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Meta-Analysis
, 159 (12), 2461-2476

Psychosocial Factors Associated With Persistent Pain in People With HIV: A Systematic Review With Meta-Analysis

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Meta-Analysis

Psychosocial Factors Associated With Persistent Pain in People With HIV: A Systematic Review With Meta-Analysis

Whitney Scott et al. Pain.

Abstract

Chronic pain remains a prevalent and disabling problem for people living with HIV in the current antiretroviral treatment era. Psychosocial treatments may have promise for managing the impact of this pain. However, research is needed to identify psychosocial processes to target through such treatments. The current systematic review and meta-analysis examined the evidence for psychosocial factors associated with pain, disability, and quality of life in people living with HIV and persistent pain. Observational and experimental studies reporting on the association between one or more psychosocial factors and one or more pain-related variables in an adult sample of people living with HIV and pain were eligible. Two reviewers independently conducted eligibility screening, data extraction, and quality assessment. Forty-six studies were included in the review and 37 of these provided data for meta-analyses (12,493 participants). "Some" or "moderate" evidence supported an association between pain outcomes in people with HIV and the following psychosocial factors: depression, psychological distress, posttraumatic stress, drug abuse, sleep disturbance, reduced antiretroviral adherence, health care use, missed HIV clinic visits, unemployment, and protective psychological factors. Surprisingly, few studies examined protective psychological factors or social processes, such as stigma. There were few high-quality studies. These findings can inform future research and psychosocial treatment development in this area. Greater theoretical and empirical focus is needed to examine the role of protective factors and social processes on pain outcomes in this context. The review protocol was registered with PROSPERO (CRD42016036329).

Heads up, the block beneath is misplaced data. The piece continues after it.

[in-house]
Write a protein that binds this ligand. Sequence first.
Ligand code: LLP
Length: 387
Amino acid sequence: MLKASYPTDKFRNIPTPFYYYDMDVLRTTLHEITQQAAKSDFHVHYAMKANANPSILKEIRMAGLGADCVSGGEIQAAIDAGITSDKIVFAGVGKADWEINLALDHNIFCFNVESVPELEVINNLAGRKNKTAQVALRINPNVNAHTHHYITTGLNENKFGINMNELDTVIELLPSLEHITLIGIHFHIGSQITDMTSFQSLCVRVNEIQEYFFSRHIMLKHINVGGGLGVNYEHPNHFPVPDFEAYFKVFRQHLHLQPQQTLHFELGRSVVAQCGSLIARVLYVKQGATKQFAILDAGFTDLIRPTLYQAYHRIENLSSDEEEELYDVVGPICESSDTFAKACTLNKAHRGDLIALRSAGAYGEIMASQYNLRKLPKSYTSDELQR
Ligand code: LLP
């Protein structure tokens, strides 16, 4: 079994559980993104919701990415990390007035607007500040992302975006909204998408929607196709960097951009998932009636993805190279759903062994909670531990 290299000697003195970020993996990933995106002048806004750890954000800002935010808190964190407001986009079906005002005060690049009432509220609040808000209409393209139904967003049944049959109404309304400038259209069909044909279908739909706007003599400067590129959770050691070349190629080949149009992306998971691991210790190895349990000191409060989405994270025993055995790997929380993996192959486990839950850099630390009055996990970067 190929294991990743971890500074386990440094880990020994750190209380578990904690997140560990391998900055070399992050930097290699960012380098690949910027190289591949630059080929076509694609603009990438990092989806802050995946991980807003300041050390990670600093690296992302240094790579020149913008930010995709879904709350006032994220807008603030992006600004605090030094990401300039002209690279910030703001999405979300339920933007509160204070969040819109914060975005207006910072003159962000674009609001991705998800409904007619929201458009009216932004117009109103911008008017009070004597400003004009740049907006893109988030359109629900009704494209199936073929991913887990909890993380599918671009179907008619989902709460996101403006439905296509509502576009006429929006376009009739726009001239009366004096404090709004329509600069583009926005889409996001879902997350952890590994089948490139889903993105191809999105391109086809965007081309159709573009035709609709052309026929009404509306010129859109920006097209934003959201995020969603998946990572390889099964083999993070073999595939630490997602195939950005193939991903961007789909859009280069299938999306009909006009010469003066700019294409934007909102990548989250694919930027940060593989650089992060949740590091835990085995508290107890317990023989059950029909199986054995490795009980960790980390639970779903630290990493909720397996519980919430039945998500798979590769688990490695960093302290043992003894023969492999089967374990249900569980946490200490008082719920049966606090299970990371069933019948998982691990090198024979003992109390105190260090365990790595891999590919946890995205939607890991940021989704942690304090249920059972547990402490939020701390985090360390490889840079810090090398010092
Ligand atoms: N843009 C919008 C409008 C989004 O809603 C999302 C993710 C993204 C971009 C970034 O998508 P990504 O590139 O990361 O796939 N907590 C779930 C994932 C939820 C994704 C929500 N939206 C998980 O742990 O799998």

Conflict of interest statement

Sponsorships or competing interests that may be relevant to content are disclosed at the end of this article.

Figures

Figure 1.
Figure 1.
Preferred Reporting Items for Systematic Reviews and Meta-Analyses (PRISMA) flow diagram.
Figure 2.
Figure 2.
Forest plot of cross-sectional odds ratios (ORs) for depression. Depression was more likely in participants with vs without pain, as reflected in the pooled OR of >1. Gray boxes show weighting of individual studies; the red dotted line indicates the pooled effect around which effects from individual studies vary; the blue diamond shows the 95% CI around the pooled effect. CI, confidence interval.
Figure 3.
Figure 3.
Forest plot of cross-sectional standardized mean differences (SMDs) for depression. Depression symptoms were more severe in participants with vs without pain, as indicated by a positive pooled SMD. CI, confidence interval.
Figure 4.
Figure 4.
Forest plot of cross-sectional events data for psychological distress. Distress was more likely in participants with vs without pain, as reflected in the pooled odds ratio (OR) of >1. CI, confidence interval.
Figure 5.
Figure 5.
Forest plot of cross-sectional standardized mean differences (SMDs) for psychological distress. Distress was more severe in participants with vs without pain, as reflected by a positive pooled SMD. CI, confidence interval.
Figure 6.
Figure 6.
Forest plot of cross-sectional events data for drug abuse. Drug abuse was more likely in participants with vs without pain, as reflected in the pooled odds ratio (OR) of >1. CI, confidence interval.

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